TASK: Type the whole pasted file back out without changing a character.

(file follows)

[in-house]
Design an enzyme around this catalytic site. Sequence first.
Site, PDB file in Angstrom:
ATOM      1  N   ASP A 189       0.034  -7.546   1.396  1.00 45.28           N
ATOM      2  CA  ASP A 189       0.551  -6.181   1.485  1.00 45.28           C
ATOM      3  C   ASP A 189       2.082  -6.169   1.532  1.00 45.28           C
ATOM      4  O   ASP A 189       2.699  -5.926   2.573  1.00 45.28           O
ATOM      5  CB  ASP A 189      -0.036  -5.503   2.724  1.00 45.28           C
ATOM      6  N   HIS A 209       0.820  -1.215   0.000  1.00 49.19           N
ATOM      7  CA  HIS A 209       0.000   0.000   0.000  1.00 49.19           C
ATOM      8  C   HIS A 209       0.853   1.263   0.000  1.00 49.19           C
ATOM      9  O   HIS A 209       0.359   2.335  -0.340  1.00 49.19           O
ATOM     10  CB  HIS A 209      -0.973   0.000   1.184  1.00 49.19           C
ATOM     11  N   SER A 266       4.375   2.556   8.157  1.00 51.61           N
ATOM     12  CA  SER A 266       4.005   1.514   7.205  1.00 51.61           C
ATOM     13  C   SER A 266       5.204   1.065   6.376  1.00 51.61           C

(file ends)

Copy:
[in-house]
Design an enzyme around this catalytic site. Sequence first.
Site, PDB file in Angstrom:
ATOM      1  N   ASP A 189       0.034  -7.546   1.396  1.00 45.28           N
ATOM      2  CA  ASP A 189       0.551  -6.181   1.485  1.00 45.28           C
ATOM      3  C   ASP A 189       2.082  -6.169   1.532  1.00 45.28           C
ATOM      4  O   ASP A 189       2.699  -5.926   2.573  1.00 45.28           O
ATOM      5  CB  ASP A 189      -0.036  -5.503   2.724  1.00 45.28           C
ATOM      6  N   HIS A 209       0.820  -1.215   0.000  1.00 49.19           N
ATOM      7  CA  HIS A 209       0.000   0.000   0.000  1.00 49.19           C
ATOM      8  C   HIS A 209       0.853   1.263   0.000  1.00 49.19           C
ATOM      9  O   HIS A 209       0.359   2.335  -0.340  1.00 49.19           O
ATOM     10  CB  HIS A 209      -0.973   0.000   1.184  1.00 49.19           C
ATOM     11  N   SER A 266       4.375   2.556   8.157  1.00 51.61           N
ATOM     12  CA  SER A 266       4.005   1.514   7.205  1.00 51.61           C
ATOM     13  C   SER A 266       5.204   1.065   6.376  1.00 51.61           C